Effect of Probe Tube Insertion Depth on Spectral Measures of Speech

Marc Caldwell, Pamela E. Souza*, Kelly L. Tremblay

*Corresponding author for this work

Research output: Contribution to journalArticlepeer-review

10 Scopus citations

Abstract

This study investigated how depth variations in the tip of the probe tube affected spectral measures of speech recorded in the external ear canal. Consonant-vowel nonsense syllables were recorded with a probe tube microphone system in 10 adult participants with normal middle ear function. Recordings were made with the probe tube tip placed 1 mm, 5 mm, and 10 mm beyond the medial tip of a custom earmold. The effect of probe depth was evaluated on spectral levels (one-third octave and one-twelfth octave band). Extending the probe tube 10 mm past the medial tip of the earmold gave the most accurate results, with relatively lower sound levels for either the 1-mm or 5-mm insertion depth. In general, the effect of insertion depth was minimal at frequencies below 3 to 4 kHz, although this varied with the specific phoneme and the width of the analysis bands. The authors found no significant difference between 1- and 5-mm insertion depths, suggesting that as long as the tip of the probe tube is sufficiently close to the tympanic membrane to capture the highest frequency of interest, it makes little difference if it is less than 5 mm beyond the earmold tip.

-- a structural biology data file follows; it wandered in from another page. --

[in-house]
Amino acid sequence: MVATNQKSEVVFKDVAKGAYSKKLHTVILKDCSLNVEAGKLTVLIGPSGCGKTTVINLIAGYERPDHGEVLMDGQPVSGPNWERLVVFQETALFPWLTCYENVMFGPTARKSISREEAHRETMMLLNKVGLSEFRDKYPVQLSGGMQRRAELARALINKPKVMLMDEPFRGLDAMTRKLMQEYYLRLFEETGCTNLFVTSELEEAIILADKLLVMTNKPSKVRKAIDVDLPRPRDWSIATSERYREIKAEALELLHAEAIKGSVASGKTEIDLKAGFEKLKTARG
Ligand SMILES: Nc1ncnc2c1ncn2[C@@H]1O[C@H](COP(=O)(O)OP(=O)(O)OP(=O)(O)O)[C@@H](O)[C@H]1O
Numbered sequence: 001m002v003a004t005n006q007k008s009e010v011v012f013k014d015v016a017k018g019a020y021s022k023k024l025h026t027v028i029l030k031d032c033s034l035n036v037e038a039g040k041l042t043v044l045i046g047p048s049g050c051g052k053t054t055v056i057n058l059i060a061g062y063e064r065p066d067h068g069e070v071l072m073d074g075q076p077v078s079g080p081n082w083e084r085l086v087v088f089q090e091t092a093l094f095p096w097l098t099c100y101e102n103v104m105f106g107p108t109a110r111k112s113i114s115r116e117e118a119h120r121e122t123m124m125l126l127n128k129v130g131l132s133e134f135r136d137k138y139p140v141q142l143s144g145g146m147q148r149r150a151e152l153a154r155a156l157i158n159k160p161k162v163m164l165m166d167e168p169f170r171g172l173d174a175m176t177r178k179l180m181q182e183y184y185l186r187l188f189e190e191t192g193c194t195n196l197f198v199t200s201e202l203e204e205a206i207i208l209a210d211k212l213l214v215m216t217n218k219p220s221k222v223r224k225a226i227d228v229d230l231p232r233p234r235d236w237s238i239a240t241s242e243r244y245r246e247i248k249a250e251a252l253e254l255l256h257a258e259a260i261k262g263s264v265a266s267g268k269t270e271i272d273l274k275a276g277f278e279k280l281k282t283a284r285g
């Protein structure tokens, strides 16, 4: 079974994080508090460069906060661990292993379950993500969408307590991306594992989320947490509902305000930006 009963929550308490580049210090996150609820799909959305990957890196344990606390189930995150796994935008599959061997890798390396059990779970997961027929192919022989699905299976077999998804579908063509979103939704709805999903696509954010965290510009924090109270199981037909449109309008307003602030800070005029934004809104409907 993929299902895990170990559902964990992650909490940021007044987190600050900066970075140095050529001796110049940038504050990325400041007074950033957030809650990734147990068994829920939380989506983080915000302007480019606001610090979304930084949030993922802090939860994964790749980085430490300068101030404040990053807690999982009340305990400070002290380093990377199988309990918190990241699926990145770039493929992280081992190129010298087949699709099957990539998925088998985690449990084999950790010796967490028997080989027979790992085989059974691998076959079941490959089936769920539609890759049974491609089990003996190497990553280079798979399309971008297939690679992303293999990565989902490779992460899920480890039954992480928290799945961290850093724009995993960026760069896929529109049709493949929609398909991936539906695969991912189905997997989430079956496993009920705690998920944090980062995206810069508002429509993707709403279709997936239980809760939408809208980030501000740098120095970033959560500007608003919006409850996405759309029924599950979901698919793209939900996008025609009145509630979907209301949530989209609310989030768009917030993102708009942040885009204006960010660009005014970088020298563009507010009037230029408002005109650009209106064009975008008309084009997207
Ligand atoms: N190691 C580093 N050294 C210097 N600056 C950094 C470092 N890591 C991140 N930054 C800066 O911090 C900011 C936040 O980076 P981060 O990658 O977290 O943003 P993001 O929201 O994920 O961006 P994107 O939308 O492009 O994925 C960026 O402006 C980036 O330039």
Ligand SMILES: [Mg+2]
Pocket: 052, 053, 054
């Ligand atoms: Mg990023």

Original languageEnglish (US)
Pages (from-to)145-154
Number of pages10
JournalTrends in Amplification
Volume10
Issue number3
DOIs
StatePublished - Sep 2006

Keywords

  • insertion depth
  • one-third octave band
  • one-twelfth octave band
  • probe tube
  • spectral

ASJC Scopus subject areas

  • Speech and Hearing

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